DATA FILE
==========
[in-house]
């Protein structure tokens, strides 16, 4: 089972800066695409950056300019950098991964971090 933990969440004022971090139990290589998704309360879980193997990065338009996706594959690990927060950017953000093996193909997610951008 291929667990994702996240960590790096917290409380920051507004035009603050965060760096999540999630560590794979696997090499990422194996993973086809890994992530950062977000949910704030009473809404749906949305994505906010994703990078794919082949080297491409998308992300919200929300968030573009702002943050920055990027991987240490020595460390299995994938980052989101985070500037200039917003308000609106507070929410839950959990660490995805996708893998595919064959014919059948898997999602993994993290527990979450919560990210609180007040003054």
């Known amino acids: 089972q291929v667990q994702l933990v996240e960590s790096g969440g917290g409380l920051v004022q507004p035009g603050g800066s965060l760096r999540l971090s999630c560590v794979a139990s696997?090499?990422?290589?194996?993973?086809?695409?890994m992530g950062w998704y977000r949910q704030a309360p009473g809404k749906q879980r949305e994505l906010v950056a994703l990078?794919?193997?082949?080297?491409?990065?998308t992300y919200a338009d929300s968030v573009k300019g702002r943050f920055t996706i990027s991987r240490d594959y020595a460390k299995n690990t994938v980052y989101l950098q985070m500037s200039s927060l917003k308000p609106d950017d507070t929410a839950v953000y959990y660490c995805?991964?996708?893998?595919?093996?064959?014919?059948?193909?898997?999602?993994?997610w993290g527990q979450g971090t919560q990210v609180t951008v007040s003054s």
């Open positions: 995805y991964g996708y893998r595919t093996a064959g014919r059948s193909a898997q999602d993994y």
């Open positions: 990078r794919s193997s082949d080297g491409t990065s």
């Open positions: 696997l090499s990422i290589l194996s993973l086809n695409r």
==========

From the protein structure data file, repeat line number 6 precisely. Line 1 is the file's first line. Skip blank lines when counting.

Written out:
């Open positions: 696997l090499s990422i290589l194996s993973l086809n695409r």